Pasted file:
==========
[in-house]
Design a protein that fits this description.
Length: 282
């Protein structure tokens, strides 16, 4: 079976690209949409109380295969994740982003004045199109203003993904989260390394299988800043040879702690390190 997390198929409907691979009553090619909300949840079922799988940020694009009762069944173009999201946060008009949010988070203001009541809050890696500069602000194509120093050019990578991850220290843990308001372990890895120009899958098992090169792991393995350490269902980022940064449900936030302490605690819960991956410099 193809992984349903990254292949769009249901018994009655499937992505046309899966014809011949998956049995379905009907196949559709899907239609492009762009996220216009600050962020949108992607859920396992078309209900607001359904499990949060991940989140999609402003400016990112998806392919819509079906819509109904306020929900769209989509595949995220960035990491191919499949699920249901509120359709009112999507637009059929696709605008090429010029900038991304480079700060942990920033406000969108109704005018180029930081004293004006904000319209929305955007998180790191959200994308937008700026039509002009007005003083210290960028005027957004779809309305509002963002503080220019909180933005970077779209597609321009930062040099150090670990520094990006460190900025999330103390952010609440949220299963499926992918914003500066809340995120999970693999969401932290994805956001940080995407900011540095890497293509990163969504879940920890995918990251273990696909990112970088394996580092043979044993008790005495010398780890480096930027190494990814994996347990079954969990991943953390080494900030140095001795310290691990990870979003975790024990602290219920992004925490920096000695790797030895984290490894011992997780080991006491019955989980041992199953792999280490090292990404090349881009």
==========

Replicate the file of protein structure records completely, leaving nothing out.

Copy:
[in-house]
Design a protein that fits this description.
Length: 282
């Protein structure tokens, strides 16, 4: 079976690209949409109380295969994740982003004045199109203003993904989260390394299988800043040879702690390190 997390198929409907691979009553090619909300949840079922799988940020694009009762069944173009999201946060008009949010988070203001009541809050890696500069602000194509120093050019990578991850220290843990308001372990890895120009899958098992090169792991393995350490269902980022940064449900936030302490605690819960991956410099 193809992984349903990254292949769009249901018994009655499937992505046309899966014809011949998956049995379905009907196949559709899907239609492009762009996220216009600050962020949108992607859920396992078309209900607001359904499990949060991940989140999609402003400016990112998806392919819509079906819509109904306020929900769209989509595949995220960035990491191919499949699920249901509120359709009112999507637009059929696709605008090429010029900038991304480079700060942990920033406000969108109704005018180029930081004293004006904000319209929305955007998180790191959200994308937008700026039509002009007005003083210290960028005027957004779809309305509002963002503080220019909180933005970077779209597609321009930062040099150090670990520094990006460190900025999330103390952010609440949220299963499926992918914003500066809340995120999970693999969401932290994805956001940080995407900011540095890497293509990163969504879940920890995918990251273990696909990112970088394996580092043979044993008790005495010398780890480096930027190494990814994996347990079954969990991943953390080494900030140095001795310290691990990870979003975790024990602290219920992004925490920096000695790797030895984290490894011992997780080991006491019955989980041992199953792999280490090292990404090349881009």